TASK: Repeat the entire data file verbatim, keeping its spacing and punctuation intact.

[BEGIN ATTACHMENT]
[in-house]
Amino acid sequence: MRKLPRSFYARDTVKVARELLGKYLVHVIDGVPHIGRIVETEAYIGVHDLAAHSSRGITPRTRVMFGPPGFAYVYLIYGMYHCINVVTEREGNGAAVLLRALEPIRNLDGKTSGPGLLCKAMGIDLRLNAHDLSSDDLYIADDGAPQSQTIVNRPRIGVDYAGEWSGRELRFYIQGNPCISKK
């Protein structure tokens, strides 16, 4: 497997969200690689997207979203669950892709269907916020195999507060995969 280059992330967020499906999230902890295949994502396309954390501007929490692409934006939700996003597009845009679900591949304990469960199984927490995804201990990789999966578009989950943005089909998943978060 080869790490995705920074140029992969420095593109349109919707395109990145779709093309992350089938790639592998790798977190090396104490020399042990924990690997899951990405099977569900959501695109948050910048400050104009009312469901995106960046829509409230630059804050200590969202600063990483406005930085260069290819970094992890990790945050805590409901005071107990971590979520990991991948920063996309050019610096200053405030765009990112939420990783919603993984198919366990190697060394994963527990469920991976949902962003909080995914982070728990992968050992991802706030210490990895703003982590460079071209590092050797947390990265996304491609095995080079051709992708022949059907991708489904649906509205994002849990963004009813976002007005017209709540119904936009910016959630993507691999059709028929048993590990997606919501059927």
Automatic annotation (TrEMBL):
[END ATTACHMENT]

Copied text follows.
[in-house]
Amino acid sequence: MRKLPRSFYARDTVKVARELLGKYLVHVIDGVPHIGRIVETEAYIGVHDLAAHSSRGITPRTRVMFGPPGFAYVYLIYGMYHCINVVTEREGNGAAVLLRALEPIRNLDGKTSGPGLLCKAMGIDLRLNAHDLSSDDLYIADDGAPQSQTIVNRPRIGVDYAGEWSGRELRFYIQGNPCISKK
């Protein structure tokens, strides 16, 4: 497997969200690689997207979203669950892709269907916020195999507060995969 280059992330967020499906999230902890295949994502396309954390501007929490692409934006939700996003597009845009679900591949304990469960199984927490995804201990990789999966578009989950943005089909998943978060 080869790490995705920074140029992969420095593109349109919707395109990145779709093309992350089938790639592998790798977190090396104490020399042990924990690997899951990405099977569900959501695109948050910048400050104009009312469901995106960046829509409230630059804050200590969202600063990483406005930085260069290819970094992890990790945050805590409901005071107990971590979520990991991948920063996309050019610096200053405030765009990112939420990783919603993984198919366990190697060394994963527990469920991976949902962003909080995914982070728990992968050992991802706030210490990895703003982590460079071209590092050797947390990265996304491609095995080079051709992708022949059907991708489904649906509205994002849990963004009813976002007005017209709540119904936009910016959630993507691999059709028929048993590990997606919501059927």
Automatic annotation (TrEMBL):